Much has been made of the “out” clause in Tressel’s contract and for good reason. This clause did not need to be in there to get a better deal out of Ohio State. He could walk into AD Gene Smith’s office on any day of the week, take a leak in the corner before asking for a bigger contract, and get that contract. The Buckeye athletic department has more money than most Fortune 500 companies. They have twice paid over $100,000 to get new sod at the Horseshoe this year and not even batted an eye at the task or the price tag. Tressel wanted an out, and I expect he wanted it for this year.
Coach Tressel is a very smart man. He knows when he has a team that will be in the running for a National Title. Sure he might have thought it would have been Justin Zwick and Maurice Clarret instead of Troy Smith and Anotnio Pittman, but I believe he had his eye on this season once he signed this recruiting class. Had the Browns flourished under Romeo Crennel, then he would be more than happy to stay in Columbus and continue puppeteering the dynasty. He also knew there was a pretty good chance the Browns would continue to struggle. If they did, then he would have the option to make a move, to his ultimate dream job.
Tressel is a Cleveland guy. Born in Mentor, raised in Berea. The Browns are near and dear to his heart. As a youngster, Tressel spent days catching kicks from Lou Groza and soaking in the greatest era of football ever known to the Cleveland area. Most feel this is where he got his passion for Ohio State, as Groza was a Buckeye alum. I find it hard to believe he was soaking in all the love of scarlet and gray while not getting any for the brown and orange.
There comes a point where a man has to challenge himself. I wonder if Tressel feels that time is now. When a man spends so much time talking about building blocks, you have to wonder if he is not talking about his own path. Wasn’t Youngstown State a stepping-stone to get to Columbus? Then why isn’t Columbus a stepping-stone to get to Cleveland?
Jim Tressel is 62-13 at Ohio State. That is winning 83% of your games. Take out the first year 7-5 team and he is 57-8, which is almost a 90% winning percentage. What else can he do? He is 5-1 against That State Up North. He will be 5-1 in bowl games with a win in Glendale. That win would also make him 4-0 in BCS Bowls. Want more? He is 38-10 against the Big Ten. He would be 26-7 against teams in the Top 25. He is 10-2 against teams in the top 10. He would be coming off a year in which he beat the #2 ranked team in the country three times. I cannot see a time where leaving Columbus would make more sense. Having won two National Championships in six years, this would be the perfect time.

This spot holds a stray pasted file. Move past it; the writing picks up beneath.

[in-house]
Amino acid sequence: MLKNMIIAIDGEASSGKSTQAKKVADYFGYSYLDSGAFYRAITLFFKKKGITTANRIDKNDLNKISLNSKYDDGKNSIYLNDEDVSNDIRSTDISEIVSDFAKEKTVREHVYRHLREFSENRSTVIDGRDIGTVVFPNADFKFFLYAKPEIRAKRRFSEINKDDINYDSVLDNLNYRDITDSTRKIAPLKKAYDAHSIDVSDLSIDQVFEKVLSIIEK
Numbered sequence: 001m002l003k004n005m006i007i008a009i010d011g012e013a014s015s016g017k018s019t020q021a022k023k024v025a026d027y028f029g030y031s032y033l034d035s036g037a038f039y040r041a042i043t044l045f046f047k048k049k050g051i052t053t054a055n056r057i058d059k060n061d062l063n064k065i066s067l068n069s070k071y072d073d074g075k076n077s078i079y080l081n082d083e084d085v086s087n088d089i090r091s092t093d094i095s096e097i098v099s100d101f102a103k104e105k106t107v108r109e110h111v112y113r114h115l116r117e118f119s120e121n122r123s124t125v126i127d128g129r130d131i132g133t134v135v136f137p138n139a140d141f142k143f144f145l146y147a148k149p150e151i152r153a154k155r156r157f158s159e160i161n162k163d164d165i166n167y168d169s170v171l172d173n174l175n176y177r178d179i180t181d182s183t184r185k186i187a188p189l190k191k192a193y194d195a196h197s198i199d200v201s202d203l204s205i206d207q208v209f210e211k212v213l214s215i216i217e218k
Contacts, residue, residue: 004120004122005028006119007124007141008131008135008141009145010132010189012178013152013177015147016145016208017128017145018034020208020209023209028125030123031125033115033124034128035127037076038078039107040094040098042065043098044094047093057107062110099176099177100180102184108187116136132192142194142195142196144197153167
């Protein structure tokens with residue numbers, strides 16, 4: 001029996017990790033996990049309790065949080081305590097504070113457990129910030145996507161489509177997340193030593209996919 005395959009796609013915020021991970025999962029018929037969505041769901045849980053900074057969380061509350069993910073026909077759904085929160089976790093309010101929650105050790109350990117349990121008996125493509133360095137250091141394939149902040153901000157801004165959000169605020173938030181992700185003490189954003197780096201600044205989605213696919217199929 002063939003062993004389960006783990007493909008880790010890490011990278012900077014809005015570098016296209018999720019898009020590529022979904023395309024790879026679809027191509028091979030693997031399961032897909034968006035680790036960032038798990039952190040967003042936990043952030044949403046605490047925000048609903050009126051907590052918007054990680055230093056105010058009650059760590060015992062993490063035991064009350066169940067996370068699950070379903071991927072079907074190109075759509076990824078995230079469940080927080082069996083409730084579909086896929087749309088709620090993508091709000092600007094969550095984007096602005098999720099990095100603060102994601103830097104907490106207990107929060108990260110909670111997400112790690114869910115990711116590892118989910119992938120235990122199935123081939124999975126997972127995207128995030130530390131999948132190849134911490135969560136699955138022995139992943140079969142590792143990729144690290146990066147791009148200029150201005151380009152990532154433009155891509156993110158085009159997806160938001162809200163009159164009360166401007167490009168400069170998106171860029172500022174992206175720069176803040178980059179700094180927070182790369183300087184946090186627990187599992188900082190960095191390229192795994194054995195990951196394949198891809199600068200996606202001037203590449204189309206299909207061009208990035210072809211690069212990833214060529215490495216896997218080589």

Very few people can adapt to their personnel like Tressel. When you look at the differences between his two National Championship teams, you realize the adage “He can take his and beat you, then take yours and beat his” was meant for Jim Tressel. The first title, nobody even expected them to be there, but he used a killer defense and ball control offense to get there before opening it up to pull off one of the biggest upsets on record in a National Championship Game. Now this year, he uses an opportunistic defense and a spread offense to dominate the college football landscape to go wire to wire for the title!
The man has built every football team he has ever been around into a winner. There are some that say the Browns are a lost cause, which I think makes it all the more intriguing to him. There are very few individuals in this world that can win at three different levels of football but “The Sweater Vest”, in my opinion, is one of them.
Most college coaches do not transition very well to the NFL game, but Tressel is different. He is not a “rah-rah” head coach, nor does he get max effort out of his teams by being able to scare a bunch of 18-22 year olds to conforming. He won at Youngstown State and Ohio State in the same manner, out-planning and out-executing the opposition. That is how you win in the NFL.
A lot has to happen for this to come true. First, Ohio State has to beat a pretty good Florida team. Then the Browns have to fire Crennel. Finally, Randy Lerner will have to come up with the right set-up for Tressel to believe the situation is right. The money will not be an issue, but there has to be belief that Lerner is committed to doing it Tressel’s way.
I am sorry to say it Buckeye Nation, but the closer we get to January 8, the more likely it is that this scenario plays out much better for the Browns than the Buckeyes.